Many times, Scrum Masters and agile coaches are confronted with the need to change a team that seems to be stuck in its own behavior. And though team members may be willing to change, they just can’t seem to get out of their current situation. With this article I try to shed a new light on this difficult problem, and I propose to change the environment instead of the team. It could be a much easier strategy.
When I was 15 years old, I was fascinated by books about the shape of the universe. (Other guys of my age were more interested in other shapes. But I’ve always had an eye for the bigger picture.) The things I read about special relativity and the expanding universe led me to try and draw my own four-dimensional object on paper (see Figure 1).
A four-dimensional cube (or “hypercube”)
I created the object in Figure 1 by shifting an ordinary cube into an imaginary fourth dimension, and then connecting the 16 corners, just like one creates a cube by shifting a square in a third dimension, and then connecting the 8 corners. I was thrilled at the time that it was so easy to draw what was in fact a 2D projection of a 3D projection of a 4D object. It was my favorite shape at the time (until I found out other shapes were more important, when I finally started dating.) But when I showed my drawing to my physics teacher he told me it was complete nonsense. I felt defeated and misunderstood. Years later I learned that the thing I had “invented” is called a hypercube, and that my physics teacher missed a great opportunity for learning from a student.
A hypercube is yet nothing when compared to the “shape of improvement” in a complex system (like a software project). When evaluating the many states of a dynamic system, researchers imagine each variable in the system to be an axis in a multi-dimensional space. A small system with just three variables is represented as a phase space in three dimensions. While a system with 20 variables has a phase space of no less than 20 dimensions. I’m afraid that even I would not be able to draw such an object. And that would still be just a small one. Many complex systems consist of thousands or more variables, with a corresponding phase space of a mind-boggling size.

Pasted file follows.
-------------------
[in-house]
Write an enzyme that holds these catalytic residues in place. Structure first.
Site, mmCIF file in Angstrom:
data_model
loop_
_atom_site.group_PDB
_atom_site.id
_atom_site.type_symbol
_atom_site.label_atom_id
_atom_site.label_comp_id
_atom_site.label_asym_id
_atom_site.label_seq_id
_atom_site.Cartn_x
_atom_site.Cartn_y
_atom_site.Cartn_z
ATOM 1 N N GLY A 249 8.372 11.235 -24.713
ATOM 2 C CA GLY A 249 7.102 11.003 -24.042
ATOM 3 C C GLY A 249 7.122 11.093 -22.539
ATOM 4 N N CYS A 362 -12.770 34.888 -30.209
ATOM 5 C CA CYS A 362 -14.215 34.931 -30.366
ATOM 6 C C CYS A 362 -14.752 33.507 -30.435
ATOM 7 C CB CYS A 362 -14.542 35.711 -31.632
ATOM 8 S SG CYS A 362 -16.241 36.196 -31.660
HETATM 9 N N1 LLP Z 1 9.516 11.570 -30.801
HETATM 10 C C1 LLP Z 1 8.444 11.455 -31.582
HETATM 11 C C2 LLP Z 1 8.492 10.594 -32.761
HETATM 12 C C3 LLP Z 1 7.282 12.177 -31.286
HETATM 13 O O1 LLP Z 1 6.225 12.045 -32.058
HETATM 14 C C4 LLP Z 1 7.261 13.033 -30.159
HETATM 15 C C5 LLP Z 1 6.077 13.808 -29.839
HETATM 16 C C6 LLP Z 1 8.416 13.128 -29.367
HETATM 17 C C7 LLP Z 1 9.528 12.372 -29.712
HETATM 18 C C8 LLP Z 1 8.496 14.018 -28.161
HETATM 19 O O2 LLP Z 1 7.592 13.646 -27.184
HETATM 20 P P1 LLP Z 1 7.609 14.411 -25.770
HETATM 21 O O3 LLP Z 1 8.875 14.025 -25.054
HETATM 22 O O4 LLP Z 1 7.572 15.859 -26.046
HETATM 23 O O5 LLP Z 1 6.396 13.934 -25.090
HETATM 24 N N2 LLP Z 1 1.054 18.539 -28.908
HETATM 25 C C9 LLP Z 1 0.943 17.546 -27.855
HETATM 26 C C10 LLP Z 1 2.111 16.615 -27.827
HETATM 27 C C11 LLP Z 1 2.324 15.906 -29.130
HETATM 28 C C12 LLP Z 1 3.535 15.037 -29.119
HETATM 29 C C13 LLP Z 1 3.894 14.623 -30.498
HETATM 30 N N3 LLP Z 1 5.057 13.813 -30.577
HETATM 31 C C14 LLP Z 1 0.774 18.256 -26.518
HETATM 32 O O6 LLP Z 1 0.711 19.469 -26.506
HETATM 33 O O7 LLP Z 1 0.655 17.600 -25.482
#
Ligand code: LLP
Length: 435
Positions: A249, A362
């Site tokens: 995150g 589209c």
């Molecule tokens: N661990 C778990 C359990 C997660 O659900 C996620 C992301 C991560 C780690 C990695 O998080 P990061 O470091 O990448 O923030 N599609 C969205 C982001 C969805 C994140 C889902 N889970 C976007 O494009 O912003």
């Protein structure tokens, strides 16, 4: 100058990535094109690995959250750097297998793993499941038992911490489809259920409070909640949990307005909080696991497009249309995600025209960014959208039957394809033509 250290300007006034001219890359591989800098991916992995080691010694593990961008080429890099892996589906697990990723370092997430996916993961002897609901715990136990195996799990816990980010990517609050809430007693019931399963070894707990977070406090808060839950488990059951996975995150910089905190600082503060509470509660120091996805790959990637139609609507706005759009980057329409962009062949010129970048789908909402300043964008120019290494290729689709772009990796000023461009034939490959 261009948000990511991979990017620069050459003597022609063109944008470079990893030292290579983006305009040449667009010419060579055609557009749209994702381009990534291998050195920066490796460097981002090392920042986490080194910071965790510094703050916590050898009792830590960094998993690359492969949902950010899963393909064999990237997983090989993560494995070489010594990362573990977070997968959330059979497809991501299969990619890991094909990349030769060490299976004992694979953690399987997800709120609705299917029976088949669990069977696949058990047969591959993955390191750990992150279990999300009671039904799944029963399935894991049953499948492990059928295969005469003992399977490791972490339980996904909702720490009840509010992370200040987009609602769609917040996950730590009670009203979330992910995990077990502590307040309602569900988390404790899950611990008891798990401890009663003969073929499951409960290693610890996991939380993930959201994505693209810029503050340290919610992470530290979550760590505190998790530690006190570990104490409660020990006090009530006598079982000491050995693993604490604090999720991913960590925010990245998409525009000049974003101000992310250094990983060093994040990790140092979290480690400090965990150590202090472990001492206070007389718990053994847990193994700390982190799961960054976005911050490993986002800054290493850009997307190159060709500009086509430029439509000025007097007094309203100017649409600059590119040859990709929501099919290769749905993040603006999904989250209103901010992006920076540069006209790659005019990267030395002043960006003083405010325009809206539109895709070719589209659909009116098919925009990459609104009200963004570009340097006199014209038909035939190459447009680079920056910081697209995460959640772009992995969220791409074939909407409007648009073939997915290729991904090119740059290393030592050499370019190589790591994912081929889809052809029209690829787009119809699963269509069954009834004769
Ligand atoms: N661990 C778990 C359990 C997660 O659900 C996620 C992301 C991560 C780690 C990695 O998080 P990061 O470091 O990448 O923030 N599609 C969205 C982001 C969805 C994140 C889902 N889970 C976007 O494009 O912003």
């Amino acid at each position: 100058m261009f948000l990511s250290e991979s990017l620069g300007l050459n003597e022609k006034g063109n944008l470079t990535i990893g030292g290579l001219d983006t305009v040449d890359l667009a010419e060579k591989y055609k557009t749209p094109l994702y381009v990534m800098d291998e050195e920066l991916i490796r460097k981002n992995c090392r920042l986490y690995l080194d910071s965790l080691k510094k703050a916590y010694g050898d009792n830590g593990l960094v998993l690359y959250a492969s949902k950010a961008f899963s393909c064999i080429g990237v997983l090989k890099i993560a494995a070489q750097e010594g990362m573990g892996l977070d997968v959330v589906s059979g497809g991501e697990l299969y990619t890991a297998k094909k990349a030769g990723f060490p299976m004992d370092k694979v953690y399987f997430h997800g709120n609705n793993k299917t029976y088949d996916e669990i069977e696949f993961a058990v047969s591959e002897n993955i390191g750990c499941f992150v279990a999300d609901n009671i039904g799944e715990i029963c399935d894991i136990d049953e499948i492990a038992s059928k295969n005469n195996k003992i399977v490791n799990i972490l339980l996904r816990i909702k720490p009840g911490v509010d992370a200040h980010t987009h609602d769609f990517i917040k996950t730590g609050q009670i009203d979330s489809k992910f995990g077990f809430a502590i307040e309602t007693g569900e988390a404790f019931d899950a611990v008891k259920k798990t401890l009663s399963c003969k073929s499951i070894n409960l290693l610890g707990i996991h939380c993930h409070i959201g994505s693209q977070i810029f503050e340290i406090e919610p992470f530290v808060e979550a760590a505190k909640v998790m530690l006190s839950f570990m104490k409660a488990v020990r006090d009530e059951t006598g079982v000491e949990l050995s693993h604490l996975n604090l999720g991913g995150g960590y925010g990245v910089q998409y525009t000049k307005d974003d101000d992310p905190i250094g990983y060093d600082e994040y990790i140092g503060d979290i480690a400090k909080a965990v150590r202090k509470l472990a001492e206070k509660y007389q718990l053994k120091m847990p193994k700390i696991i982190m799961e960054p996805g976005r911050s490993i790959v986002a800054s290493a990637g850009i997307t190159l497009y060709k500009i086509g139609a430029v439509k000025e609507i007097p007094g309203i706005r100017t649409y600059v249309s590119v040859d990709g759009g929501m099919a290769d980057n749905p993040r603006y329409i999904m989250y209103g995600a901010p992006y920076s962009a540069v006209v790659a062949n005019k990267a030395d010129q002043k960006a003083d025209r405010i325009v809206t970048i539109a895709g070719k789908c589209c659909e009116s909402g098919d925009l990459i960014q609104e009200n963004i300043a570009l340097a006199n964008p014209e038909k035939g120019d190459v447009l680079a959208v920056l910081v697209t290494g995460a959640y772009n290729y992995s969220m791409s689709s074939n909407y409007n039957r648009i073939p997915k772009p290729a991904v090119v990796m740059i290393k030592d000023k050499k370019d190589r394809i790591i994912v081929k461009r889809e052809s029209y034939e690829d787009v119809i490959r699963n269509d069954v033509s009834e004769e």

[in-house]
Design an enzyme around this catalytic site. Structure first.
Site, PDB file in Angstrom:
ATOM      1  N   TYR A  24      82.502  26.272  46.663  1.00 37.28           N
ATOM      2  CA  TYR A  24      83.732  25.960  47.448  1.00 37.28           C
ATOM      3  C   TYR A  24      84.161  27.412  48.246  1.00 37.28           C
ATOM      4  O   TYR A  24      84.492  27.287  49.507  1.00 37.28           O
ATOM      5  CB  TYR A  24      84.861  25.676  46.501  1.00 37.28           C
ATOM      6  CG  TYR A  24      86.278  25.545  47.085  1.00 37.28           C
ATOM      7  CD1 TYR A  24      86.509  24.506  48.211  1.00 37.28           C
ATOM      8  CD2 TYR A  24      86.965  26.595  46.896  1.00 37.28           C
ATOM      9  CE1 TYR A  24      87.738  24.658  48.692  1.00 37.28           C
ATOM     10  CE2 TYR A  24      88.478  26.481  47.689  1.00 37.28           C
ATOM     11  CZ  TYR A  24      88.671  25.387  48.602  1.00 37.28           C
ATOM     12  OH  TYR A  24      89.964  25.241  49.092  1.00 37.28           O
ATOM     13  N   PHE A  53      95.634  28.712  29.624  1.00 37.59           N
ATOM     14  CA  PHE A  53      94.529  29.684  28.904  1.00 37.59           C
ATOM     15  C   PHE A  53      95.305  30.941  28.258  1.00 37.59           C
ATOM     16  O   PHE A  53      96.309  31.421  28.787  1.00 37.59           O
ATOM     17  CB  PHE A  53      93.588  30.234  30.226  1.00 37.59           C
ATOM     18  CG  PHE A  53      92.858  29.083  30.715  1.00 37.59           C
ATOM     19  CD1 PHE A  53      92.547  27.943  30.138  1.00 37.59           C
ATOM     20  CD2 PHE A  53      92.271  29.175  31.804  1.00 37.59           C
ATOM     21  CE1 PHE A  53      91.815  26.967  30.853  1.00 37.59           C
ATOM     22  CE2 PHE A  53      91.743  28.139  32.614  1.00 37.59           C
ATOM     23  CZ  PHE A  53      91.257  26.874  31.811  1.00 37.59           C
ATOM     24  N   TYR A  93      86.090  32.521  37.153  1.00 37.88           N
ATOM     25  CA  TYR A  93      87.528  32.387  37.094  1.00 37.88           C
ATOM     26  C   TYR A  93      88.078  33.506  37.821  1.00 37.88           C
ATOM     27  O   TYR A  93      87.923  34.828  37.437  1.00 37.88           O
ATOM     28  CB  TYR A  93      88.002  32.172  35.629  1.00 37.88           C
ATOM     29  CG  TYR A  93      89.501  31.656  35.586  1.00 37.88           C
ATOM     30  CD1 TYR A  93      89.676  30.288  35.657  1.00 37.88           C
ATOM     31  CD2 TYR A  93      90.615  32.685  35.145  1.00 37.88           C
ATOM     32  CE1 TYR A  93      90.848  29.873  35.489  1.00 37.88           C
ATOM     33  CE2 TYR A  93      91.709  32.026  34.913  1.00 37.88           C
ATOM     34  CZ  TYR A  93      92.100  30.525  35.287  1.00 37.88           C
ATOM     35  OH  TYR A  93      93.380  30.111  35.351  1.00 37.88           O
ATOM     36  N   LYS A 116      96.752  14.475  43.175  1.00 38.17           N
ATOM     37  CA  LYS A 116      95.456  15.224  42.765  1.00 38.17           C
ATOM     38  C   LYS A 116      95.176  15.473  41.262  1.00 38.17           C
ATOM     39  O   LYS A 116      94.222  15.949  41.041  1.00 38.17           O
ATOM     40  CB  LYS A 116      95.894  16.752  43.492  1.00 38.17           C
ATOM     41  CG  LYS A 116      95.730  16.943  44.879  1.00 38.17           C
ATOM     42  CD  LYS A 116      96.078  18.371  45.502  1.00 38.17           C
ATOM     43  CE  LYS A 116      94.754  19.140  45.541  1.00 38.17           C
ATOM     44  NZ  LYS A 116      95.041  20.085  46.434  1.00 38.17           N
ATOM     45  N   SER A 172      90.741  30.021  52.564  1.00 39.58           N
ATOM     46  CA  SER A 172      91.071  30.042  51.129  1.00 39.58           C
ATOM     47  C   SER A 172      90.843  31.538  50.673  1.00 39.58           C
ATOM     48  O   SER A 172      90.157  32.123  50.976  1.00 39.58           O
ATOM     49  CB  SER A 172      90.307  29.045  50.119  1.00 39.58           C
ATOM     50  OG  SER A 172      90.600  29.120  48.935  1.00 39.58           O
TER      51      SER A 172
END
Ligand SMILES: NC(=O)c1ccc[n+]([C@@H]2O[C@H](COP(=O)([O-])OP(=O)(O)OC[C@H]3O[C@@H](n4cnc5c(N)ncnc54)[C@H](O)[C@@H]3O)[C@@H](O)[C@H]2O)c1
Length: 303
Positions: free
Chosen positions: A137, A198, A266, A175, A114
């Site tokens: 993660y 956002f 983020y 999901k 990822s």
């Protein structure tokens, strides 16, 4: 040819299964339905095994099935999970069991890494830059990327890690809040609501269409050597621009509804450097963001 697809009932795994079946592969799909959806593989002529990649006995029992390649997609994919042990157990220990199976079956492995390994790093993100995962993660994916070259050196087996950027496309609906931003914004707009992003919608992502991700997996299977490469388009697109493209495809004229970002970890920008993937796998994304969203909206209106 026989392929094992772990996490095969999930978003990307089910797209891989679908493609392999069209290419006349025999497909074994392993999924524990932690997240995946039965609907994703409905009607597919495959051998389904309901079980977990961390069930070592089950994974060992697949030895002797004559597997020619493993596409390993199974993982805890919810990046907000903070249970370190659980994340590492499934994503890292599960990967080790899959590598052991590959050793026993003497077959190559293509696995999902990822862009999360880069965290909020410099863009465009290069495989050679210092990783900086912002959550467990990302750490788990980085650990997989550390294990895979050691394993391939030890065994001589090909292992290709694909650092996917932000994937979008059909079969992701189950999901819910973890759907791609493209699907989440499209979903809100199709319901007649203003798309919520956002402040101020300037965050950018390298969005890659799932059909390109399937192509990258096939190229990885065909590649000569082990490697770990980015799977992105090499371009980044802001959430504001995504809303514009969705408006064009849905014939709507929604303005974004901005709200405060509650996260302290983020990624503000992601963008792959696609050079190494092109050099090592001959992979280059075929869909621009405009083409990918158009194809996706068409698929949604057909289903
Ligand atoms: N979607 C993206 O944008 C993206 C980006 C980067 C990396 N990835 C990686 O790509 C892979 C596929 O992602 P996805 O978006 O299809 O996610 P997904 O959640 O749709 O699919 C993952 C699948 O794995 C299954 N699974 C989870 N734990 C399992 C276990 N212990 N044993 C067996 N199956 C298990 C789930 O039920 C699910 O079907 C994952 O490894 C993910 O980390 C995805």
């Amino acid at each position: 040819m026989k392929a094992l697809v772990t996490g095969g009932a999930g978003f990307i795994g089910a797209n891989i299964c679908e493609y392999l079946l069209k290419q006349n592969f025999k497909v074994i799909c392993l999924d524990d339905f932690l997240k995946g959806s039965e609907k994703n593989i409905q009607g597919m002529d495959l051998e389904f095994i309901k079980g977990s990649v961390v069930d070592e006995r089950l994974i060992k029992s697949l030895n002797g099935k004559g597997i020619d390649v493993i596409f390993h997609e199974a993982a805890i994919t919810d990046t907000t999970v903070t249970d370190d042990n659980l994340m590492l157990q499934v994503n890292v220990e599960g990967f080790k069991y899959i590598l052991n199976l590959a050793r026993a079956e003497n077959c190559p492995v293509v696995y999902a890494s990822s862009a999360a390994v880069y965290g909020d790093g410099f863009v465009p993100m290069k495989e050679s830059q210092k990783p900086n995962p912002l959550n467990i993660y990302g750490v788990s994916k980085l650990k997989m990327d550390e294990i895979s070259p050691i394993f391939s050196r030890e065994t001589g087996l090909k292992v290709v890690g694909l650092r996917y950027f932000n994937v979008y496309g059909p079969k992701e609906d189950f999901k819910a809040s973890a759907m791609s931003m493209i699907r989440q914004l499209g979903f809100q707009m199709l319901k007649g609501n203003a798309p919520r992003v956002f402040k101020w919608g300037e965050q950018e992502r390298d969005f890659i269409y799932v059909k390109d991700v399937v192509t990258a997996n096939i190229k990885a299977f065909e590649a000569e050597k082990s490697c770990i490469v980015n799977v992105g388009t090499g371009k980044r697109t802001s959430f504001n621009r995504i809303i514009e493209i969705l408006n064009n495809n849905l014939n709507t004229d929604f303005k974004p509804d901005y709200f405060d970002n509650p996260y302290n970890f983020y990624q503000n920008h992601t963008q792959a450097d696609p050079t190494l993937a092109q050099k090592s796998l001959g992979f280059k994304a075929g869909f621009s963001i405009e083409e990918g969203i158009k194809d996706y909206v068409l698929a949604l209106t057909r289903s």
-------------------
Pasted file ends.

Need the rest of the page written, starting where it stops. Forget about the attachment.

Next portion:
For example, seaweed has roughly 1,000 genes. Suppose, for the sake of simplicity, that each of those genes comes in just two varieties: green leaves vs. brown leaves, big leaves vs. small leaves, flat leaves vs. wrinkled leaves, etc. The number of possible states of seaweed would then be 2^1000, or one thousand dimensions with two possible values in each dimension [Waldrop 1992:167]. (Human DNA is estimated at 25,000 genes, and it has more than two variants per gene. Can you imagine drawing a hypercube for that phase space?)
A specific instance of a system is said to be in one location of its phase space (each variable has one specific value). When any of these variables change, the system is said to move through its phase space. Switching one gene in seaweed DNA (for example: a mutation from green leaves to brown leaves) will move seaweed DNA from one point to a neighboring point in its phase space. But changing many different variables at the same time (for example: mixing the DNA strings from mommy seaweed and daddy seaweed into a brand new DNA string for baby seaweed) is like